Kids love the sensory feedback they get from slime, and it's easy to 'cook up' your own at home.
The joy of making slime at home is that you can use easily-found products to create your own, and it counts as a science lesson too. Who knew science lessons could be so much fun?
There are lots of different ways to produce slime, many of them using different ingredients, so if you need to know how to make slime without activator or to create slime without borax, read on. If you have little children who love sensory play, they'll also have fun with these home-made play dough ideas.
What is slime?
Slime is a play product that is stretchy and malleable. It is brilliant for kids who need to fidget, as they can keep their hands active pulling and kneading the slime. Although you can buy pots of slime in toy shops, online and even in supermarkets, it is fun and relatively easy to make at home. If you are going to make your own slime, ensure you have some resealable plastic pots or sealable plastic bags to keep it in, some spoons and stirrers and a clear table or workspace. Avoid making it in carpeted areas where it can stick or even stain.
What is an activator?
Most slime recipes begin with PVA glue (Elmer’s school glue). It is what you add to it – the activator – that turns it into slime. Without activator, slime is just glue with food colouring in it! There’s a number of different slime activators you can use to transform your glue mixture into slime. What they all have in common is that they include some derivative of borax. If you want to get scientific (and get in a bit of home school while you’re all having fun slime making), the reason the activators create slime is that they cause the position of the glue molecules to change. This is called cross-linking. The chemical reaction that occurs between the borate ions and the glue results in the slime being formed.
Activators and Recipes
You can buy activators for slime, such as Elmer’s Magical Liquid or Slime Creator’s Magic Activator, but there are other household items that you can use:
Contact lens solution
Contact solution or saline solution is a favourite activator for slime – but check the ingredients. It must contain sodium borate if you want it to work. In our experience, we have found that the cheaper versions don’t contain the vital ingredient - just typical!
Another good slime activator, which you can pick up with your supermarket shopping, is liquid laundry detergent (liquid starch). We used Aldi’s own brand, which we worked well for us. This slime activator has the added benefit of making the slime smell nice!
You can make a fluffy slime using shampoo as the slime activator (the thicker it is, the better) and cornflour (corn starch).
You can add shaving gel, shaving cream or shampoo to your normal slime recipe to make your slime fluffy.
If you have no glue and no slime activators, have a go at making this slime. You need equal quantities of shampoo and shaving cream, and then add a smaller quantity of salt. Mix until it is a smooth consistency and then freeze for 15 minutes before use.
Basic slime recipe
To make a basic slime you will need lens solution and baking soda, plus some PVA glue (Elmer’s school glue). The baking soda will stop it becoming too runny - you can add more if you need to firm it up. Put the glue in a bowl, and add your slime activator. It is wise to add in the activator slowly, as the chemical reaction can happen very quickly, and if you add in too much activator your slime will become too hard and is likely to snap rather than stretch. Mix it together as you are adding the slime activator. You can then knead the 'dough' until it is the required consistency. If you want the slime to be a different colour, or to smell nice, you can add in some food colouring or baking 'flavours' such as vanilla, mint or lemon. Be careful about adding fragranced oils as they may irritate the skin - only use those designed for soap making. If you like, you can add in some glitter, tiny foam balls, even fluffy pom-poms - use your imagination.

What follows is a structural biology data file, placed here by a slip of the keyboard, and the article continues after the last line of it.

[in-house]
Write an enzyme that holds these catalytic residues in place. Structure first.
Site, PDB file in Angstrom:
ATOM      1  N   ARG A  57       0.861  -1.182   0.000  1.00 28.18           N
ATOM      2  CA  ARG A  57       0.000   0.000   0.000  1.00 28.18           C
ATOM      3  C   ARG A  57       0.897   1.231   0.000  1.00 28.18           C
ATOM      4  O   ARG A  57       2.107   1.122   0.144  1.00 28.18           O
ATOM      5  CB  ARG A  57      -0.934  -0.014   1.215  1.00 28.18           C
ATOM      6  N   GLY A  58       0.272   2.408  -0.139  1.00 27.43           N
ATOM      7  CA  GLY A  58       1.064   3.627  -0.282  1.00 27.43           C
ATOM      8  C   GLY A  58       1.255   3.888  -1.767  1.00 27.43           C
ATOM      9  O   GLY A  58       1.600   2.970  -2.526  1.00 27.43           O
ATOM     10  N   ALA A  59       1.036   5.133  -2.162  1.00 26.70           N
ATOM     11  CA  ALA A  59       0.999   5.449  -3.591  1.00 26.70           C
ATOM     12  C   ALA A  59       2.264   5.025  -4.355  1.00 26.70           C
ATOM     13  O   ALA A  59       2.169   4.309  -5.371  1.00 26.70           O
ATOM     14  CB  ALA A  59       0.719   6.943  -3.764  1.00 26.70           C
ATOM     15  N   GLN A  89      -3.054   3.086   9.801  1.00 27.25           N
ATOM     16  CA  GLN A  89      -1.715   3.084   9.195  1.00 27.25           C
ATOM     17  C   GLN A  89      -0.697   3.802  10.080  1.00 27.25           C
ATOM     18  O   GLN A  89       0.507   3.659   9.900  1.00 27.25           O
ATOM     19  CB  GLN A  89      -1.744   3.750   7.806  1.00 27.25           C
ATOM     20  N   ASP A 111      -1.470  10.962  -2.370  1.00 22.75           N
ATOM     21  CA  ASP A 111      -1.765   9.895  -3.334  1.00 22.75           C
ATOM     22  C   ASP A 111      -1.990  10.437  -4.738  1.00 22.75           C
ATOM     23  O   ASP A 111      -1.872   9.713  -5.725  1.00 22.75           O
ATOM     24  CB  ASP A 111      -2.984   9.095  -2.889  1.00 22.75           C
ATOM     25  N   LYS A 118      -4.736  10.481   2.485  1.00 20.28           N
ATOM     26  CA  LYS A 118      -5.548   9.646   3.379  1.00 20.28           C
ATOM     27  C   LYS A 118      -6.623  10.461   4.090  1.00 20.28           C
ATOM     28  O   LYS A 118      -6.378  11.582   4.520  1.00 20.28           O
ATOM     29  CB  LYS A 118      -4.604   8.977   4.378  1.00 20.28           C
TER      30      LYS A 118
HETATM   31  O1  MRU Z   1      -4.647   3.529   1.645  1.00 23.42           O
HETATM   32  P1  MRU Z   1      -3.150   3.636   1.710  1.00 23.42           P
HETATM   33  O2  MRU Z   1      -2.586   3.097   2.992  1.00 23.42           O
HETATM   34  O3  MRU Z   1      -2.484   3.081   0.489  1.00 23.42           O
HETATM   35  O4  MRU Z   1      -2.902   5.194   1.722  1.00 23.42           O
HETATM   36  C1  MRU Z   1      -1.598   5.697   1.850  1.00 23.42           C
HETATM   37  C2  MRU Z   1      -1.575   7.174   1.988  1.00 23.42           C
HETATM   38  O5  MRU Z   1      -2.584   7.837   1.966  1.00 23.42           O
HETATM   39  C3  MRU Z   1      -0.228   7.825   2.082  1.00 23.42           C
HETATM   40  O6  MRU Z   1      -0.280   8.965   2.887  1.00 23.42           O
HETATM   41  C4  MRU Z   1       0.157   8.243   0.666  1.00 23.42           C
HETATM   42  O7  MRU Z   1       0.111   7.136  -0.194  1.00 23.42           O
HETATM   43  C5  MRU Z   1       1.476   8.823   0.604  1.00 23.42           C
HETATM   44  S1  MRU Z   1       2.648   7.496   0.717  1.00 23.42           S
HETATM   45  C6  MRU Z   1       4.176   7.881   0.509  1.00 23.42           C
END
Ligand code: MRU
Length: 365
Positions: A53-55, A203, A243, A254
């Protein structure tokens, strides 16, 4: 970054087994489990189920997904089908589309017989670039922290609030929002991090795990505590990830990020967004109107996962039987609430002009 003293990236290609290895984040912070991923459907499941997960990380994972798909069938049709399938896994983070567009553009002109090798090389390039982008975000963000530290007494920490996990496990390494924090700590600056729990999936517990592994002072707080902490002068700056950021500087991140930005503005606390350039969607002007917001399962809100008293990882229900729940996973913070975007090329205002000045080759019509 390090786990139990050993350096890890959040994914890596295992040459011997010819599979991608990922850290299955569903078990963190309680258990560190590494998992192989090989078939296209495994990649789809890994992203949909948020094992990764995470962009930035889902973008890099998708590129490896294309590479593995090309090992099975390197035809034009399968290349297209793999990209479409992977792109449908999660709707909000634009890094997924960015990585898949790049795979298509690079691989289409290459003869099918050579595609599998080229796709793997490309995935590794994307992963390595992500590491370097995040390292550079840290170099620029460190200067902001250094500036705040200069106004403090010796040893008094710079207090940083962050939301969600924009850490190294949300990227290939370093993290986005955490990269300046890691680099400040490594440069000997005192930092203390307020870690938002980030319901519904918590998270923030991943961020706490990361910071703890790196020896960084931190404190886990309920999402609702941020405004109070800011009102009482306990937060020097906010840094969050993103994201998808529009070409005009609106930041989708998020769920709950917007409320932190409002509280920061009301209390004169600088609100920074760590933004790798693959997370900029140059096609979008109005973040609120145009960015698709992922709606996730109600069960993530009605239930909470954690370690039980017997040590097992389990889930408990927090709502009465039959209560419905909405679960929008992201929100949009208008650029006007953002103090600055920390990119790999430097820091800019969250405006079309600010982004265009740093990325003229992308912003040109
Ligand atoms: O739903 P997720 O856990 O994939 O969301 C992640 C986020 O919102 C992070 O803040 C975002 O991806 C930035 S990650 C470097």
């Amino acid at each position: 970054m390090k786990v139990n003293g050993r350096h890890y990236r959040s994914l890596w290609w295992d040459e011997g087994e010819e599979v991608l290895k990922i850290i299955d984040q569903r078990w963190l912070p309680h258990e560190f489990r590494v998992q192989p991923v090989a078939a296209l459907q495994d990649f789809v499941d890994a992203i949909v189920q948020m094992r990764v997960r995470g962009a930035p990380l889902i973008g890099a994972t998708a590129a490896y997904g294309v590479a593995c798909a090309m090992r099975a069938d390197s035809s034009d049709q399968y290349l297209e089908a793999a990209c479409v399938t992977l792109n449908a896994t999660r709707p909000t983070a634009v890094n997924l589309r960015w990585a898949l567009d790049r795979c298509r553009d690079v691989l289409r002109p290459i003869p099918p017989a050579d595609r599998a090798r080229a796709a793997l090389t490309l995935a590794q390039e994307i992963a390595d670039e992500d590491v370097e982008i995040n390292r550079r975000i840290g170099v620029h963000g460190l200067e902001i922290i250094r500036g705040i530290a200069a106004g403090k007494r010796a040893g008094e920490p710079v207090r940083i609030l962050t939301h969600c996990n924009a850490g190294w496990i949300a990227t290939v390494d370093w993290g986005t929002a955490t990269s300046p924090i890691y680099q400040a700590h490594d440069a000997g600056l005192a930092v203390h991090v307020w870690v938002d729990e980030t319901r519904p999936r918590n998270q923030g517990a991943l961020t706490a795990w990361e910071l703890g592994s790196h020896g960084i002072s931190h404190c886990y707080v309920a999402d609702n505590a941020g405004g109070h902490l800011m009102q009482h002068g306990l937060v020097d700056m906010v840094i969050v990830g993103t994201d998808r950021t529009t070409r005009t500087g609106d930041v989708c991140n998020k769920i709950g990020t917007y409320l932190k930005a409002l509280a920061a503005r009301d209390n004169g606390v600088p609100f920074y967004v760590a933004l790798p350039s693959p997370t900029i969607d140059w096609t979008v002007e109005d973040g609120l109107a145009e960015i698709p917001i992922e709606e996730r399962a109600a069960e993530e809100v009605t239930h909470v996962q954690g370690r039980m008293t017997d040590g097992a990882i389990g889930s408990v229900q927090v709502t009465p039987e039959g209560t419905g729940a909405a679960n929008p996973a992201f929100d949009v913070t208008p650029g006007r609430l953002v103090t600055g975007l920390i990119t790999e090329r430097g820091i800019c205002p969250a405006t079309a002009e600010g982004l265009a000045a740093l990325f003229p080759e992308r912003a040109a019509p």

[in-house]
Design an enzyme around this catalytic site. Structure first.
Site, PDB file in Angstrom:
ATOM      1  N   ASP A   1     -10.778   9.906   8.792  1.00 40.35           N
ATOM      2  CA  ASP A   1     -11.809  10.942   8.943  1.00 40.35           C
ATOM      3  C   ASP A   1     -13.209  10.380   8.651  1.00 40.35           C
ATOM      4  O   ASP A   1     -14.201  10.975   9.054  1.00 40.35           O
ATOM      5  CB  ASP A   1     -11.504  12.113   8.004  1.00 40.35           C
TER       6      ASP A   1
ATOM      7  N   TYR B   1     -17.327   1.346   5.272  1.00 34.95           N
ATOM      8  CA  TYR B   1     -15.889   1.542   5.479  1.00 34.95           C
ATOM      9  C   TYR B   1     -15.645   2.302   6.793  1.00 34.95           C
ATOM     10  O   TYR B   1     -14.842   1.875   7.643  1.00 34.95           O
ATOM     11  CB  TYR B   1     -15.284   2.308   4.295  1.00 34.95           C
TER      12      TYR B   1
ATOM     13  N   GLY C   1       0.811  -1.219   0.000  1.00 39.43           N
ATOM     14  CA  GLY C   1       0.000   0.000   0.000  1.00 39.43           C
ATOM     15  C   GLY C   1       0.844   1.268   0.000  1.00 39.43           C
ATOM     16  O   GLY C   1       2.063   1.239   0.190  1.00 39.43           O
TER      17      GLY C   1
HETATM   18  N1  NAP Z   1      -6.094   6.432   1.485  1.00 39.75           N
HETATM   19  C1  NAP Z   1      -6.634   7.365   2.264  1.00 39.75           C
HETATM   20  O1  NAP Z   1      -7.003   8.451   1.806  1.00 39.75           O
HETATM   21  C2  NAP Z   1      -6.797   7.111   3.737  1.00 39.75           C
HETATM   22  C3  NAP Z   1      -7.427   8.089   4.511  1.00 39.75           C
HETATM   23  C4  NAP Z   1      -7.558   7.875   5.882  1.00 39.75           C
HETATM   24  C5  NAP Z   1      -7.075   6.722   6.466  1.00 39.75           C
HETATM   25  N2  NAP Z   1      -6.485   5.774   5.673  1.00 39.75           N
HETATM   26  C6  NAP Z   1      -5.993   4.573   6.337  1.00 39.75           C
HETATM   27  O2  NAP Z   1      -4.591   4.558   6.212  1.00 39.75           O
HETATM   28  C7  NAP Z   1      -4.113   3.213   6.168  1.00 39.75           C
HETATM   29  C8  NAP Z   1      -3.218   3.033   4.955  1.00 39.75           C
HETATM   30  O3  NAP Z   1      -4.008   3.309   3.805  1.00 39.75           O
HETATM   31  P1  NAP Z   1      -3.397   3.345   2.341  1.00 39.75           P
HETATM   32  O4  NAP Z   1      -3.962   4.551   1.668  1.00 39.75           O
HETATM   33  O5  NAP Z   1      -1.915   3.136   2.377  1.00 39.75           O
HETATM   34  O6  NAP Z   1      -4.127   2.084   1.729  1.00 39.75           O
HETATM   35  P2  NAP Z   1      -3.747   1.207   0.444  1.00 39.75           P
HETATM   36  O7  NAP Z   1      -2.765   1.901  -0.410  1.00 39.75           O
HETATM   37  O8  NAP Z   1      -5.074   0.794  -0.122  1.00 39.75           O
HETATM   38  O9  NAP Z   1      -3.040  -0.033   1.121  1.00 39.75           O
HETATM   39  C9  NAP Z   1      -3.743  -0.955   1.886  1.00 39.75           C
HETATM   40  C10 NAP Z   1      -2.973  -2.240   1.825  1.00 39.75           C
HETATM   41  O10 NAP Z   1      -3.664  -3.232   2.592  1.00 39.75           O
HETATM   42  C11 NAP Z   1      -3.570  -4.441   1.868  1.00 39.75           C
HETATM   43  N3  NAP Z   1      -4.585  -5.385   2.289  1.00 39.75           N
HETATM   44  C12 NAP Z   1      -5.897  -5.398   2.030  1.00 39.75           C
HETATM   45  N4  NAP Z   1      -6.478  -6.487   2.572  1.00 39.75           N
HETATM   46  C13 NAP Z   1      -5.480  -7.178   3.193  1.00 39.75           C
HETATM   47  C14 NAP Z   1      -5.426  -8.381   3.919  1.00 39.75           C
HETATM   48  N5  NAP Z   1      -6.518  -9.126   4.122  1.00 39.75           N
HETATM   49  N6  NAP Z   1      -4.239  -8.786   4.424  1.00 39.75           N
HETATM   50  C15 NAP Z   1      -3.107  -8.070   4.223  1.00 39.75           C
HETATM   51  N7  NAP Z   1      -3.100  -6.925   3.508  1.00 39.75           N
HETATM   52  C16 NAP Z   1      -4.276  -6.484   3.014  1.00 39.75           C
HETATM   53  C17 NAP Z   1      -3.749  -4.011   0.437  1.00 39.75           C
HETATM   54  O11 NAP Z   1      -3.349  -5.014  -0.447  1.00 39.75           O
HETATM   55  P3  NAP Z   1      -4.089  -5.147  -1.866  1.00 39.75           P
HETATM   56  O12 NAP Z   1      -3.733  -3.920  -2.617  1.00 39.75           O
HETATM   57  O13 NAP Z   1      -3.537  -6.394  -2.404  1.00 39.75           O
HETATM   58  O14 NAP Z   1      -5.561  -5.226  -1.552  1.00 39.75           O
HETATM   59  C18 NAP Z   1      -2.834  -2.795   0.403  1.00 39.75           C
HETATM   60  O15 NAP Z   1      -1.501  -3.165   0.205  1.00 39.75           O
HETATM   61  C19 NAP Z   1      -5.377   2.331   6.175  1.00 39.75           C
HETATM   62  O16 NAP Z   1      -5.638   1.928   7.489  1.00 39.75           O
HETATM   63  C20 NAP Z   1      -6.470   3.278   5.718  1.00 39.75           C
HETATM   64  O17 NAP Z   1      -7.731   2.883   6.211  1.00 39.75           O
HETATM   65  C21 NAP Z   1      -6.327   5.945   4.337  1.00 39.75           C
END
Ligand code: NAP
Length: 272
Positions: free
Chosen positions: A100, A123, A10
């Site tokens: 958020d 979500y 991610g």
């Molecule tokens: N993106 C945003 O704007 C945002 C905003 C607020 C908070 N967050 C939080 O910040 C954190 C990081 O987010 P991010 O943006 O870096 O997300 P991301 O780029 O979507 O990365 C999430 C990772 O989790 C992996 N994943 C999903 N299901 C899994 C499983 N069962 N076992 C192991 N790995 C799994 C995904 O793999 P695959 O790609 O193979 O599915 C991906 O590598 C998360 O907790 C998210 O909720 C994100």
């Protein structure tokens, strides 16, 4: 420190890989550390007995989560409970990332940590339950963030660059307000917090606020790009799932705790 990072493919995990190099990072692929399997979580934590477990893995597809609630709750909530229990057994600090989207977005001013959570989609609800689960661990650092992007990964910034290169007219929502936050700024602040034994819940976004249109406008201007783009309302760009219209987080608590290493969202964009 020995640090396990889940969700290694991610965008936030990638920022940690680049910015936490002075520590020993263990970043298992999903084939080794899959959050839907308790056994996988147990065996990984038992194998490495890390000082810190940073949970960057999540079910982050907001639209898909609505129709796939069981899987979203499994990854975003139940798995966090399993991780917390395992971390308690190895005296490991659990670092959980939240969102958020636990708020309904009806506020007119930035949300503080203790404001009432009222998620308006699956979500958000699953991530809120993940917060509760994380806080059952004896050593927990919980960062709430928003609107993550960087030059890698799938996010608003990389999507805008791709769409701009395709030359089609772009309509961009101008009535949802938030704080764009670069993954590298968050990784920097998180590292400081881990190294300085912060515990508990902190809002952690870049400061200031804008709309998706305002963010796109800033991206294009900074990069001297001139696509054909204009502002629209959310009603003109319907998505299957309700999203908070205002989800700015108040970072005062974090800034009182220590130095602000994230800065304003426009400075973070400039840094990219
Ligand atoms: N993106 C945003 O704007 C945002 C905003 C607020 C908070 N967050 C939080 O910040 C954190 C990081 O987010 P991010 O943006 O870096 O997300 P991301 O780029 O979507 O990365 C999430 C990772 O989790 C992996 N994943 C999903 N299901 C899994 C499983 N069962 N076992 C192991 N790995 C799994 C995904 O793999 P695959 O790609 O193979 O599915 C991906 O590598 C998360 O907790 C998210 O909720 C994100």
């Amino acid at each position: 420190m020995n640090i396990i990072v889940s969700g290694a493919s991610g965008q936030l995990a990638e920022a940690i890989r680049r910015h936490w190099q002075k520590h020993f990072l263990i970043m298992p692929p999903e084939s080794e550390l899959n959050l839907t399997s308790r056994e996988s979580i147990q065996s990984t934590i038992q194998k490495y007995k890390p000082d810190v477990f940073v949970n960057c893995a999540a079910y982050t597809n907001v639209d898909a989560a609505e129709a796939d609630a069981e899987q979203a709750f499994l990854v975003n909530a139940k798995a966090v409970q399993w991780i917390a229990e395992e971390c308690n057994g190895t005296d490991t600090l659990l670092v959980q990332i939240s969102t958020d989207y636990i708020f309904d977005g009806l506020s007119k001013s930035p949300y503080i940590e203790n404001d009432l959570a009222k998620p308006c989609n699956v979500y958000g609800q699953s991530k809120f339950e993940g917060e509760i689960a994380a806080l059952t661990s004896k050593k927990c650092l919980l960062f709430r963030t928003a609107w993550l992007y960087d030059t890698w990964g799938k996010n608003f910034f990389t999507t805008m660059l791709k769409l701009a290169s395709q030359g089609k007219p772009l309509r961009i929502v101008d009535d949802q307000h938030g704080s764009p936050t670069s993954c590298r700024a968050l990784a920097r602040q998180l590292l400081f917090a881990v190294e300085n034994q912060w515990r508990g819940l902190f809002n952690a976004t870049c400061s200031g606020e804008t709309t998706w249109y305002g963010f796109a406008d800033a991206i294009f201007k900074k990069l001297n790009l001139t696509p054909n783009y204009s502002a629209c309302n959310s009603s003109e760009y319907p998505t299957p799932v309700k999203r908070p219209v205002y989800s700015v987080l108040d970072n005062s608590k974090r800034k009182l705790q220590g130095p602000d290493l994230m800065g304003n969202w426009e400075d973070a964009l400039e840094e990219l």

At Kidadl we pride ourselves on offering families original ideas to make the most of time spent together at home or out and about, wherever you are in the world. We strive to recommend the very best things, that are suggested by our community and are things we would do ourselves - our aim is to be the trusted friend to parents.
We try our very best, but cannot guarantee perfection. We will always aim to give you accurate information at the date of publication - however, information does change, so it's important you do your own research, double-check and make the decision that is right for your family.
Kidadl provides inspiration for everything from family days out to online classes, arts, crafts and science experiments. We recognise that not all activities and ideas are appropriate and suitable for all children and families or in all circumstances. Our recommended activities are based on age but these are a guide. We recommend that these ideas are used as inspiration, that ideas are undertaken with appropriate adult supervision, and that each adult uses their own discretion and knowledge of their children to consider the safety and suitability.
Kidadl cannot accept liability for the execution of these ideas, and parental supervision is advised at all times, as safety is paramount. Anyone using the information provided by Kidadl does so at their own risk and we can not accept liability if things go wrong.
Kidadl is supported by you, the users. When you buy through the links on our site we may earn a commission. As an Amazon Associate we earn from qualifying purchases.
All prices and product availability were correct at the time of publication.
We also link to other websites, but are not responsible for their content.